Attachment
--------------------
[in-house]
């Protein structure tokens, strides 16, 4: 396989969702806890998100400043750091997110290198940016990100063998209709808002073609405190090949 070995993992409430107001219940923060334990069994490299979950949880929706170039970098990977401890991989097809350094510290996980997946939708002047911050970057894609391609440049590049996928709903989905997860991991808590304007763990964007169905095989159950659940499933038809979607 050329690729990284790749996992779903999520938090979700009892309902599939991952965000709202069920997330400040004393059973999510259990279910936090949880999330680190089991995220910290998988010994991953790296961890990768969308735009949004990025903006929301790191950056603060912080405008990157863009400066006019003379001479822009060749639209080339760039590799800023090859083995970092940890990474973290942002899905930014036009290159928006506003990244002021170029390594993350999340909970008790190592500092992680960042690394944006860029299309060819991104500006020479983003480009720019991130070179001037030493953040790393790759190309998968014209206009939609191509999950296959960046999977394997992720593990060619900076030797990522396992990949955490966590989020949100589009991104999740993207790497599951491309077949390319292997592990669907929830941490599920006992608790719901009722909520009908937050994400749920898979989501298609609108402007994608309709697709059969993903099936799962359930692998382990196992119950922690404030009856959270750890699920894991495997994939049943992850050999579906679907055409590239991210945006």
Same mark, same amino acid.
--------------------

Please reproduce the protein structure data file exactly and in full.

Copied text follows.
[in-house]
């Protein structure tokens, strides 16, 4: 396989969702806890998100400043750091997110290198940016990100063998209709808002073609405190090949 070995993992409430107001219940923060334990069994490299979950949880929706170039970098990977401890991989097809350094510290996980997946939708002047911050970057894609391609440049590049996928709903989905997860991991808590304007763990964007169905095989159950659940499933038809979607 050329690729990284790749996992779903999520938090979700009892309902599939991952965000709202069920997330400040004393059973999510259990279910936090949880999330680190089991995220910290998988010994991953790296961890990768969308735009949004990025903006929301790191950056603060912080405008990157863009400066006019003379001479822009060749639209080339760039590799800023090859083995970092940890990474973290942002899905930014036009290159928006506003990244002021170029390594993350999340909970008790190592500092992680960042690394944006860029299309060819991104500006020479983003480009720019991130070179001037030493953040790393790759190309998968014209206009939609191509999950296959960046999977394997992720593990060619900076030797990522396992990949955490966590989020949100589009991104999740993207790497599951491309077949390319292997592990669907929830941490599920006992608790719901009722909520009908937050994400749920898979989501298609609108402007994608309709697709059969993903099936799962359930692998382990196992119950922690404030009856959270750890699920894991495997994939049943992850050999579906679907055409590239991210945006």
Same mark, same amino acid.